23 Aug 2015

Insight for 23 August 2015 - The Rise of Phoenix Companies

From Insight, 8:12 am on 23 August 2015

Amongst the stalls of partially-built scaffolding and demonstrations of diggers, hundreds of construction industry reps swap contacts and stories over lunch.

It's Civil Contractors New Zealand's inaugural conference in Taupo and, along with the sales pitches, there is talk of 'phoenixing', an increasing popular way for companies to get out of paying bills and staff.

Christchurch construction.

Contractors often suffer at the hands of illegal so-called phoenix companies Photo: RNZ / Alexander Robertson

Listen to Insight: The Rise of 'Phoenix' Companies

This illegal method of escaping financial responsibility has a significant affect on contractors, according to CCNZ executive officer Malcolm Abernethy.

"It seriously affects the contractors' cash flow," he said.

"The margins at the present time are relatively low and it's not until that last payment is made that a contractor would see any profit.  If there is a small profit margin, he won't see that until that last payment.

"It affects the ability of the contracting company to invest in plant and also the capability of their workers in terms of training and so forth - they just can't invest."

Phoenixing is a legitimate way of transferring assets from a failing company to a new one, but it is illegal if the director is the same person, and the new name is similar or identical.

It leaves the old company as a shell in liquidation, which is unable to pay any debts it owes.

Sign to conference

Civil Contractors New Zealand's inaugural conference in Taupo Photo: ( RNZ / Lauren Baker )

In his mildest language, CCNZ president Dave Connell branded them "ratbag companies" and revealed he was caught out by one when he first started out, some 30 years ago.

"It cost me $5000, and was the cheapest lesson I've learnt in business!"

Mr Abernethy said some companies would even take to the courtroom to postpone making payments before going under.

"The smart developers and their smart lawyers can use the court system to delay payment and the longer they delay payment, the more time they have to take any funds that that development company holds, and squirrel it away to some other legal entity somewhere else.

"That becomes the problem because then it gets to a final payment and they just simply put their hands up in the air and say we don't have any money... And then they wind the company up and start again."

He said payments needed to have more priority.

"My view is that if a court finds that one party has to pay the other party, then there should be a requirement that the money is paid before any appeals go to a higher court, a Court of Appeal, a Supreme Court, whatever it may be.

"If for some reason it is a little doubtful, then it could be put into a trust until such time as the dispute is finally settled."

Christchurch construction.

Photo: RNZ / Alexander Robertson

Since the beginning of 2012, there have been eight prosecutions under the phoenix clauses of the Companies Act.

Five have been successful, with sentences including a $5000 fine, community service work and home detention, while some people were convicted and discharged.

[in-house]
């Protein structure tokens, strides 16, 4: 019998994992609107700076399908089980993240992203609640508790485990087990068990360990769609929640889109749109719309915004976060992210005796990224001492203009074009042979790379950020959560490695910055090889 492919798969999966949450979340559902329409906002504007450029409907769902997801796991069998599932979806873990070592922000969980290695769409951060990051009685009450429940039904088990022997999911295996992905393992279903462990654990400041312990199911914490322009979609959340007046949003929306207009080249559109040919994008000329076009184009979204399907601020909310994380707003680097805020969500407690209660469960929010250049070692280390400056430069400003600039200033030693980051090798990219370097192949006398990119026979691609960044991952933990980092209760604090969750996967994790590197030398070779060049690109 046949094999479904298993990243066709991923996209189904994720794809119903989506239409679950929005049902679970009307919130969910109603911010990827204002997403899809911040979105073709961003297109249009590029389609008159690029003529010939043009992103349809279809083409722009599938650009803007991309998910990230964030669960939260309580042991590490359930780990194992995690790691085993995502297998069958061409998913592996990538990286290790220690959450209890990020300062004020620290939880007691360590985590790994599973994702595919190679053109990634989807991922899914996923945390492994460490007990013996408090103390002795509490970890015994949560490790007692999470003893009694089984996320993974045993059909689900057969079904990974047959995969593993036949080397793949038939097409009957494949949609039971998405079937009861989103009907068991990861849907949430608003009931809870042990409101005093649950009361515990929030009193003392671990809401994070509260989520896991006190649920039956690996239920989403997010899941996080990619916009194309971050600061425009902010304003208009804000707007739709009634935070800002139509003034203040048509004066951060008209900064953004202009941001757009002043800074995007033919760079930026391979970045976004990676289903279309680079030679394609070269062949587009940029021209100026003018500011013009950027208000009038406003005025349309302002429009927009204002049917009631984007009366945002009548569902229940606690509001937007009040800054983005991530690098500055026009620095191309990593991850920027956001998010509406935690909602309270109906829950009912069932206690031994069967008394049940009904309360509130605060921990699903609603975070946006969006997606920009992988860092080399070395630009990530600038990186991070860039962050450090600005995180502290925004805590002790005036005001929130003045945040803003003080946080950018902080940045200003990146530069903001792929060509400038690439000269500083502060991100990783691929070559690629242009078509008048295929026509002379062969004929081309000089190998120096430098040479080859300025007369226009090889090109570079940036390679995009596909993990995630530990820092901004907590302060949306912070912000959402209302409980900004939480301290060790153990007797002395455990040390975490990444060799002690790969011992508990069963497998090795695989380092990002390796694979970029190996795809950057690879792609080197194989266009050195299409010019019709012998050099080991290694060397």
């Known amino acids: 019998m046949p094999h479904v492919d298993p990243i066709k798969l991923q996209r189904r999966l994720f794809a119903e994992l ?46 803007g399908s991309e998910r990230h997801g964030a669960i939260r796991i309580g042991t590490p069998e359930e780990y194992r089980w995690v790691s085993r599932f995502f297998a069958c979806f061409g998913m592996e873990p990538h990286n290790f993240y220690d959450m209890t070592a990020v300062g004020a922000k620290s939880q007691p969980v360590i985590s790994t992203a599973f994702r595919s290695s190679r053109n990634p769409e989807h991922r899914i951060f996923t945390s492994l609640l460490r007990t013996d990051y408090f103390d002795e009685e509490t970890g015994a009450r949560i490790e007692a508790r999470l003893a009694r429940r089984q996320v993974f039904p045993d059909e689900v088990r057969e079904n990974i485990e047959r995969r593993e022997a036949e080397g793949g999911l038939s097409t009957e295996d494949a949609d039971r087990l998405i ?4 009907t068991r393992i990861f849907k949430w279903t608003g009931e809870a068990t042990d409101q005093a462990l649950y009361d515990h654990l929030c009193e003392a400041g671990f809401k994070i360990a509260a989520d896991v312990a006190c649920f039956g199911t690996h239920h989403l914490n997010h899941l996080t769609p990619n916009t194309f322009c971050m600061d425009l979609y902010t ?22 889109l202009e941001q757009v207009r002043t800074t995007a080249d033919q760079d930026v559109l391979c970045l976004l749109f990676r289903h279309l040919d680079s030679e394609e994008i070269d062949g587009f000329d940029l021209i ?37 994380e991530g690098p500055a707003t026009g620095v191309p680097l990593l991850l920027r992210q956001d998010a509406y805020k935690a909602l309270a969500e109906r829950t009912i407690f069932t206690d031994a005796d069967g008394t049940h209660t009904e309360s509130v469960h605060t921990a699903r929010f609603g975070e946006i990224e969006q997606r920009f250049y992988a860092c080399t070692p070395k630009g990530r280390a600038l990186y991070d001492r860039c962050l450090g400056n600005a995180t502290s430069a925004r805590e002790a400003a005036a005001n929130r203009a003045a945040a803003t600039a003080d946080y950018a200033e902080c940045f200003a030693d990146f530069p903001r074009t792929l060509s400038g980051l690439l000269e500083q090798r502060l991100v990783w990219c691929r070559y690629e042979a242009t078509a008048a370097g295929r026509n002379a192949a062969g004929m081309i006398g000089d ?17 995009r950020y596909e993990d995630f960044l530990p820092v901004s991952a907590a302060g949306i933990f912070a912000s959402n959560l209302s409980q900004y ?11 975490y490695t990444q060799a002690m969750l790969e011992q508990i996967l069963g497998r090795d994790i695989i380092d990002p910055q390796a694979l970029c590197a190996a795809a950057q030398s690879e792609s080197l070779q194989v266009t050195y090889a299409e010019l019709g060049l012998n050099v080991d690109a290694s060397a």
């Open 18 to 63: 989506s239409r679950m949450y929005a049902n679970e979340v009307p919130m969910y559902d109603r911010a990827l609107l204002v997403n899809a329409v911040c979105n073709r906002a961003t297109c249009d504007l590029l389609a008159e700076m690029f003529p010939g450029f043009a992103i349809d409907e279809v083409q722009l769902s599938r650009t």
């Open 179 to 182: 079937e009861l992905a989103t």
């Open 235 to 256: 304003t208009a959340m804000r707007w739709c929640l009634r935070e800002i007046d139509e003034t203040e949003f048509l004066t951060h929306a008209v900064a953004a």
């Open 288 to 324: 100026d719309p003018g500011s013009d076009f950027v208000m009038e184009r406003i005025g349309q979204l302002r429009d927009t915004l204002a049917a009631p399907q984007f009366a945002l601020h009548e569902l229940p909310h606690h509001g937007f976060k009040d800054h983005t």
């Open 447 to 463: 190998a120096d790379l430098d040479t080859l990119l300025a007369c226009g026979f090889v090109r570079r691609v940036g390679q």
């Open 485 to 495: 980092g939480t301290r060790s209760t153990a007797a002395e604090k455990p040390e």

The law allows for a $200,000 fine and five years in prison.

The Ministry of Business, Innovation and Employment (MBIE) recognises the tactic of illegal phoenixing is a growing problem, but says there have not been more court cases because it is an emerging phenomenon.

David Milne, who is the manager of MBIE's northern labour inspectorate and is based in Auckland, said the move was also used to avoid paying exploited workers properly.

"It's a means for employers to avoid paying entitlements. It's even more telling when you start to hold them [to] account for arrears you've found them owing, and then they actually close the business."

Mr Milne said labour inspectors worked in the civil jurisdiction and could impose fines, but he wanted them to be able to do more - banning directors from being able to run companies in the future, and therefore taking them out of the cycle of exploitative management.

He said tightening up the insolvency sector might also help.

For labour inspectors to push an investigation forward, they may need the permission of the liquidator for certain information. Mr Milne said, based on past records, in nine out of 10 attempts they would not get permission so they could not go any further.

"It's just in our experience, recently, with some of the liquidators in some of the key cases we've taken, we've found their behaviour almost bordering obstruction.

"When it comes to actually taking further actions in the liquidation space, our ability to hold employers to account is extremely limited, virtually nil."

The Restructuring, Insolvency and Turnaround Association is planning to put a register in place by the end of September.

To be registered, a practitioner will require 1000 hours of practical experience in the previous three years, and must be deemed "fit and proper".

It was due to come into force in January, but has been delayed until the end of September.

In the meantime, the advice from CCNZ's Malcolm Abernethy is to be vigilant.

"If you search through Company Office records [and] you can find that same person, that same director over about three or four different pages within the Company Office records of former companies that have been dissolved or wound up for whatever reason, over a long period of time...

"That's where we're saying to our members; do due diligence on whoever they work for and make sure they know who they work for, and make sure they're good for the money."

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